Minor speedbump on step 1. That’s ok, I thought. I’ve got Philip as my guide for the next several steps! The i5-6600 came with a little black plastic device that is intended to allow you to place the chip into its setting without getting your hands too involved. I would have rather just placed it there with my fingers, because in order to get it into the black device you need to pick the damn thing up so what the hell was the point of that? Anyways it lined up perfectly, I brought the latch thingy down and locked it in place.
I was installing the same Cooler Master Hyper 212 EVO as Philip so I imagined it would be a breeze. It comes with its own thermal paste that apparently is for heathens compared to Artic Silver but whatever, I am so far away from overclocking successfully that it really won’t matter for me, trust me. One small tip on installing the bracket for the cooler is to ensure you have the screws going into the proper slot, which for me was the middle slot. You can barely discern the difference but you’ll know it when you see it.
I put a pea size amount on the processor and placed the proper end of the cooler down. I started screwing the attachment device into the motherboard and back plate but then realized I once again needed to align the screws into the middle slot of THIS piece as well. Instead of simply sliding the attachment device out and fixing this, I of course lifted the entire cooler off of the processor and placed it on my counter. Paste side down, of course! Whoops.
Paste also managed to get on my fingers, which means I touched the cooler. Take note of this, because this is very very bad. I didn’t know this yet. Without applying anymore thermal paste I put everything back onto the processor and locked it down. Yes! Except I did it so that the cooler was aligned horizontally instead of vertically. Philip was even there to show me and I still did it wrong! Unscrewed everything, lifted the cooler up off the processor (AGAIN!) and placed it back in the proper alignment and screwed everything back into place. Let me take a quick timeout to promise that I didn’t royally screw up every step of this process throughout the whole build, like it probably appears I may have done. It was just a rough start!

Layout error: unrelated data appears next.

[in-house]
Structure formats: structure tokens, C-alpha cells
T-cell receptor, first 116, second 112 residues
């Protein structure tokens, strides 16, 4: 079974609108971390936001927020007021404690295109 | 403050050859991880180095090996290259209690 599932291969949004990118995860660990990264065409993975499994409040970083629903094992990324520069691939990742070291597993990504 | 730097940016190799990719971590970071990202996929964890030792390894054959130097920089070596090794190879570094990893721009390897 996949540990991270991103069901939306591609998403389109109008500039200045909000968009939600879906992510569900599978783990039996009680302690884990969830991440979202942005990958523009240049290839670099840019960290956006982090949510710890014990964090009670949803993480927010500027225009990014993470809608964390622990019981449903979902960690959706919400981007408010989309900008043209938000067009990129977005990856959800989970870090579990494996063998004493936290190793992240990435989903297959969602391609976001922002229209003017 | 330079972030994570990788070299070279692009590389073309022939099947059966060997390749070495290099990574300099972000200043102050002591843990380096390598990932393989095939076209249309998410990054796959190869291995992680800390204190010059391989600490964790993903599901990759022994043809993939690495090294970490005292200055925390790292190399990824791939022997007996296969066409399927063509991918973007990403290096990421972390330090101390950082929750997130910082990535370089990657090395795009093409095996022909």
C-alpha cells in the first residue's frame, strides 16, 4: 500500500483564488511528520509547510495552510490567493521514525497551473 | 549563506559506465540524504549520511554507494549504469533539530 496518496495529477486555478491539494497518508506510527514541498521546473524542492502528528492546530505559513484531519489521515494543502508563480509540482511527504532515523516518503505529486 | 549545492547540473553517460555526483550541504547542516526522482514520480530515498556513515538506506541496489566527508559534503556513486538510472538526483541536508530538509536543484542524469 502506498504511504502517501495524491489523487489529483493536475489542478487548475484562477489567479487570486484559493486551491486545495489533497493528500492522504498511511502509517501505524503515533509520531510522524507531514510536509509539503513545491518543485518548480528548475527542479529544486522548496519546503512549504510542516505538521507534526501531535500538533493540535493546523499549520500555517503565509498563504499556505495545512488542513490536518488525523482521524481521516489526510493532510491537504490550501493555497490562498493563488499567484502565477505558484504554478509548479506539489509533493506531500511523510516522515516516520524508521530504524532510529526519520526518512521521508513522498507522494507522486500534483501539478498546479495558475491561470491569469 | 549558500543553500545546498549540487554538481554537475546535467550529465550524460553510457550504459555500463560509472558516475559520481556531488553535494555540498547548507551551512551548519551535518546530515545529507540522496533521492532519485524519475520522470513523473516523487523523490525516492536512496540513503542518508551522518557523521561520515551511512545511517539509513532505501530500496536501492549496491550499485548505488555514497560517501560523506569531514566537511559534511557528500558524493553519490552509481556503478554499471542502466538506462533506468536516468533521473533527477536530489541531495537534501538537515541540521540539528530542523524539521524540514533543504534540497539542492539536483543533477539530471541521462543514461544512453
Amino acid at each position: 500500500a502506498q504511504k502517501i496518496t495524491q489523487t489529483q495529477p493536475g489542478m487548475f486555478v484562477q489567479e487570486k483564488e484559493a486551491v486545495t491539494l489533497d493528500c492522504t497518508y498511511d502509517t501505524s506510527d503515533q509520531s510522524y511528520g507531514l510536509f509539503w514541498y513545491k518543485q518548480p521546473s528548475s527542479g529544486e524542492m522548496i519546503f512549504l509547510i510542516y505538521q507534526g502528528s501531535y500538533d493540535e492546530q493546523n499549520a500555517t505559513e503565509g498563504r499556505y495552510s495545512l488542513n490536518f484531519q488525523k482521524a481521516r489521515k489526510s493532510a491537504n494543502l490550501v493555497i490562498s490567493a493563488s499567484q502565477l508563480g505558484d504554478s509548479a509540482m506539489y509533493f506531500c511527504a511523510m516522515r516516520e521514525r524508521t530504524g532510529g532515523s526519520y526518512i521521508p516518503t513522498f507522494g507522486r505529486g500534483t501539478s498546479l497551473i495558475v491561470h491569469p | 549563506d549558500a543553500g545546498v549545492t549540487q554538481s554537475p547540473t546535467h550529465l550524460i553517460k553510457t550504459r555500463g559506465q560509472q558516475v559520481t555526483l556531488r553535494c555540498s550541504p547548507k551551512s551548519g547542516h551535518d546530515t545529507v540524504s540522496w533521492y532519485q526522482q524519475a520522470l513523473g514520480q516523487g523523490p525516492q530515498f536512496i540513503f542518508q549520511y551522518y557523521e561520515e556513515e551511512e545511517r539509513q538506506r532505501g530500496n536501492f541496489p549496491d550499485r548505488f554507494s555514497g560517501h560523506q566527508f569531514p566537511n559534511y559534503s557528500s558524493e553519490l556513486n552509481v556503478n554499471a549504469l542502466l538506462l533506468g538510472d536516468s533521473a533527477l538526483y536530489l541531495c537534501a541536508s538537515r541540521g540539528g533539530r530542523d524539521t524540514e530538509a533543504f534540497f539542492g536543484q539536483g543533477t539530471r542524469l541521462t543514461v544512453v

Next I installed the RAM. This was easy. 2x8GB into both grey slots, snapped right in. I then slid the motherboard into the IO shield and set it into place within the case. Finding no screws anywhere from ASUS, I managed to find some that came with the Phanteks case “accessory” bin that worked alright. I chose ASUS because it seemed that on multiple sites people kept referencing how great their motherboards are. I relied a lot on Tom’s Hardware for my research as well, or just plain Google searches and Amazon reviews. Something was nagging me about my cooler install at this point. There had been quite a bit of paste on my counter, and I wondered if I still had a sufficient amount between the cooler and processor. After some reading, the amount remaining was not the largest problem I had. What I learned was that it is crucial to have as little space or foreign materials between the cooler and the processor in order to best assist the cooling process. Foreign materials like kitchen crumbs or fingerprint grease are frowned upon, and lifting the cooler up and down multiple times can create air bubbles and an uneven surface. This can raise the temperature of the machine by 5-10 degrees Celsius and prevent a user from getting the most out of overclocking the processor. See how much I learned?!